The AARC’s Political Advocacy Contact Team will be in Washington, DC, next Tuesday to lobby members of Congress on issues important to the respiratory care profession and the patients who depend on our care.
Their main message: include RTs in any telehealth legislation that is introduced into Congress this year.
Who are these PACT members and why do they volunteer to help ensure the profession’s voice is heard in our nation’s capital? Theresa Gramlich, MS, RRT, CPFT, and Art Middleton, BS, RRT, two long-time PACT members from Arkansas, are great examples of what it means to be a member of the PACT.
In it for the long haul
“This year will be my 16th PACT trip to DC,” says Gramlich. “When I started back in 1999, all PACT members were asked to commit to a five-year term so as to foster relationships with our elected officials. After five years, I felt we were just starting to see progress in our legislative efforts and I decided to stay longer.”
Her goal is to be there when patients with chronic lung disease can finally have full access to the expertise of RTs and the respiratory care services they provide outside the acute care setting.
Art Middleton feels the same way. A 15 year veteran of the PACT, he believes the annual trips to DC are “all about advocating for our patients and advancing our profession” and mission one is to “continue the fight to be recognized in the Medicare statutes.”
Both therapists have seen great progress during their time in the PACT. “In the beginning, I can remember spending several minutes simply trying to explain what a respiratory therapist is and our diverse scope of practice,” recalls Gramlich.
Thanks to the AARC’s annual Capitol Hill Advocacy Day and the Virtual Lobby Week that precedes it, that is no longer necessary. Now, she continues, “They understand why we are there and they are ready to listen to our point of view.”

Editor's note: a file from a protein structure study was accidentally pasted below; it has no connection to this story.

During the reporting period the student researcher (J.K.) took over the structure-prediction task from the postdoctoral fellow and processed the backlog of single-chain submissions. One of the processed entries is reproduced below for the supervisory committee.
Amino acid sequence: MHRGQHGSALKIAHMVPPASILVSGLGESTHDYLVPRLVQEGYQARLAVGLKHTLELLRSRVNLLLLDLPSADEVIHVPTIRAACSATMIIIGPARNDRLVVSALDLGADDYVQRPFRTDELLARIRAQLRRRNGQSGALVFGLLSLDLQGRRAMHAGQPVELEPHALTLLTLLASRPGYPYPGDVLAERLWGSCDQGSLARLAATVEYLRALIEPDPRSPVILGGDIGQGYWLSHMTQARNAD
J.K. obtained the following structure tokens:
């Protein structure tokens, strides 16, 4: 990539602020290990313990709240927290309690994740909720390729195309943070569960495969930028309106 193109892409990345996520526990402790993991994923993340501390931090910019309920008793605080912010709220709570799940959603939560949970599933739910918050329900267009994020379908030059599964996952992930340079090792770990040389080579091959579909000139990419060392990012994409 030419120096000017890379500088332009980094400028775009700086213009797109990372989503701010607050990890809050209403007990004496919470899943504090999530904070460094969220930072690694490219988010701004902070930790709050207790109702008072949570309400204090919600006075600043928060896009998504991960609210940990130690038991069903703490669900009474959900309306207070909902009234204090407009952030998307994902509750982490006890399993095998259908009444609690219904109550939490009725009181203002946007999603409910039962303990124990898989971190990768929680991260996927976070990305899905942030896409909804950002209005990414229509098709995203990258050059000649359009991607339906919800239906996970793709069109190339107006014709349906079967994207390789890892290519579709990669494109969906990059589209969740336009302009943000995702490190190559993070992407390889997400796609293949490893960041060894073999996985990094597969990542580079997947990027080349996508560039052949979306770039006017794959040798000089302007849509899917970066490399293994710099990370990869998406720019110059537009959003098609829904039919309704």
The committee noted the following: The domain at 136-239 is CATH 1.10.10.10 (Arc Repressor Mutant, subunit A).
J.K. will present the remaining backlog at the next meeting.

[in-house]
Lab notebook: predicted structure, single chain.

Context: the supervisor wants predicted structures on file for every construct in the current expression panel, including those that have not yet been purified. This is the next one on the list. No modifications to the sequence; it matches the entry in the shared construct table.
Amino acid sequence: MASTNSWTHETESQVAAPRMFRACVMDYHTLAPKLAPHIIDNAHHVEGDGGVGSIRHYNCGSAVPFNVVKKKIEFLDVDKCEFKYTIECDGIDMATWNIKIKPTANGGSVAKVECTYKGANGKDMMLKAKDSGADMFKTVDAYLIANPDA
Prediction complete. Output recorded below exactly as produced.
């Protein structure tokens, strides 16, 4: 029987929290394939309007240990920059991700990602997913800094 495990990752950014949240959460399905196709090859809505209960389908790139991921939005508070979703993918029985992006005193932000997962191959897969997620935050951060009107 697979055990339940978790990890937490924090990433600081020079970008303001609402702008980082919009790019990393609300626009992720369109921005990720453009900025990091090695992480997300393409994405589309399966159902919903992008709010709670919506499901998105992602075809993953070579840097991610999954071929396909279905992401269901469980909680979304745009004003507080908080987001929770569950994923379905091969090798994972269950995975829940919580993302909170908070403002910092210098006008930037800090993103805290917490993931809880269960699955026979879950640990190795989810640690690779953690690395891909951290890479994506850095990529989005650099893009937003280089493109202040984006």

Middleton agrees lasting relationships are being forged. “They know who we are and understand the value of a respiratory therapist,” says the PACT member. “Unlike when we started years ago, our Congressmen and Senators no longer ask, ‘Now, what exactly is a respiratory therapist?’”
Ups and downs
Of course, lobbying Congress for anything is a challenge, and both Gramlich and Middleton agree there have been plenty of ups and downs during their time in the PACT. For them, the years 2011 and 2012 stand out as great examples.
Gramlich says it began with the wonderful news in 2011 that H.R. 941, the Medicare Respiratory Therapy Initiative, had been introduced into Congress by then Arkansas Rep. Mike Ross. The Arkansas delegation headed to Capitol Hill that year feeling as if a big job had been accomplished and saw the trip as more of a “social call to our legislators to thank them for their support,” says the therapist.
Unfortunately, the Congressional Budget Office (CBO) ended up scoring the cost of the bill much higher than the AARC’s outside accounting firm, and the bill was pulled from committee at the last minute.
The AARC was down, but far from out, and the next year’s trip proved it as revised legislation was introduced.
“The following year the Arkansas Society for Respiratory Care PACT lobbied for a meeting between AARC leadership and CBO for an explanation of such a high score,” says Middleton. “We were successful in getting the entire Arkansas Delegation to sign a letter to CBO Director Doug Elmendorf requesting that meeting. We ended our day with a few more co-sponsors as well.”
Keep on keeping on
Lesson learned: perseverance pays off. As the PACT heads to DC next week, now is the time for everyone in the profession to take that lesson to heart and write or call their members of Congress in support of RT inclusion in telehealth legislation.